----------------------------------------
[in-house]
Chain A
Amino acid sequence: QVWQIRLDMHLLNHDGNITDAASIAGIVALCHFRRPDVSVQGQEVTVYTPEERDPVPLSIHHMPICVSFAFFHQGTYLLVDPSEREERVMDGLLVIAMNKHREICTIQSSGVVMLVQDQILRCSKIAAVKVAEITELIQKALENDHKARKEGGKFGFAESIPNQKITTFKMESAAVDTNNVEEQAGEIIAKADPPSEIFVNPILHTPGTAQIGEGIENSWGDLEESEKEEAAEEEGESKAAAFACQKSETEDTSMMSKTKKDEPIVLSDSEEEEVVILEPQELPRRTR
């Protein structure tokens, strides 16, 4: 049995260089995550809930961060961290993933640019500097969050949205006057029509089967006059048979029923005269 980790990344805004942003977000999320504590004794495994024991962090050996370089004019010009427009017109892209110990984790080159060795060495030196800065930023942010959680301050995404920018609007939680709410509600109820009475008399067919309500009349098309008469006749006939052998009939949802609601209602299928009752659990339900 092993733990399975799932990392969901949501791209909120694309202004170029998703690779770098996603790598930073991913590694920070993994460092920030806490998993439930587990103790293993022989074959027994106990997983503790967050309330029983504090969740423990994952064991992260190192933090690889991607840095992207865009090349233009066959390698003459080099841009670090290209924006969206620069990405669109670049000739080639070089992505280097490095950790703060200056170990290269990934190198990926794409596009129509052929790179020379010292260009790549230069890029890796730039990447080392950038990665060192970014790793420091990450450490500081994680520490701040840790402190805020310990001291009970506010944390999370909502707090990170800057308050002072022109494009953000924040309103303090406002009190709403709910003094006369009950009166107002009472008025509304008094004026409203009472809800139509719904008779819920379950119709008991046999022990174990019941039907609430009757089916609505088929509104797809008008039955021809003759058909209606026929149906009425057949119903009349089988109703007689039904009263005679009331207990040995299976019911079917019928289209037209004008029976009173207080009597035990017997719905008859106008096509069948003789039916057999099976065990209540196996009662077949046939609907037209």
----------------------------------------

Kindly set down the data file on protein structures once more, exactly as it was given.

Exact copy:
[in-house]
Chain A
Amino acid sequence: QVWQIRLDMHLLNHDGNITDAASIAGIVALCHFRRPDVSVQGQEVTVYTPEERDPVPLSIHHMPICVSFAFFHQGTYLLVDPSEREERVMDGLLVIAMNKHREICTIQSSGVVMLVQDQILRCSKIAAVKVAEITELIQKALENDHKARKEGGKFGFAESIPNQKITTFKMESAAVDTNNVEEQAGEIIAKADPPSEIFVNPILHTPGTAQIGEGIENSWGDLEESEKEEAAEEEGESKAAAFACQKSETEDTSMMSKTKKDEPIVLSDSEEEEVVILEPQELPRRTR
């Protein structure tokens, strides 16, 4: 049995260089995550809930961060961290993933640019500097969050949205006057029509089967006059048979029923005269 980790990344805004942003977000999320504590004794495994024991962090050996370089004019010009427009017109892209110990984790080159060795060495030196800065930023942010959680301050995404920018609007939680709410509600109820009475008399067919309500009349098309008469006749006939052998009939949802609601209602299928009752659990339900 092993733990399975799932990392969901949501791209909120694309202004170029998703690779770098996603790598930073991913590694920070993994460092920030806490998993439930587990103790293993022989074959027994106990997983503790967050309330029983504090969740423990994952064991992260190192933090690889991607840095992207865009090349233009066959390698003459080099841009670090290209924006969206620069990405669109670049000739080639070089992505280097490095950790703060200056170990290269990934190198990926794409596009129509052929790179020379010292260009790549230069890029890796730039990447080392950038990665060192970014790793420091990450450490500081994680520490701040840790402190805020310990001291009970506010944390999370909502707090990170800057308050002072022109494009953000924040309103303090406002009190709403709910003094006369009950009166107002009472008025509304008094004026409203009472809800139509719904008779819920379950119709008991046999022990174990019941039907609430009757089916609505088929509104797809008008039955021809003759058909209606026929149906009425057949119903009349089988109703007689039904009263005679009331207990040995299976019911079917019928289209037209004008029976009173207080009597035990017997719905008859106008096509069948003789039916057999099976065990209540196996009662077949046939609907037209």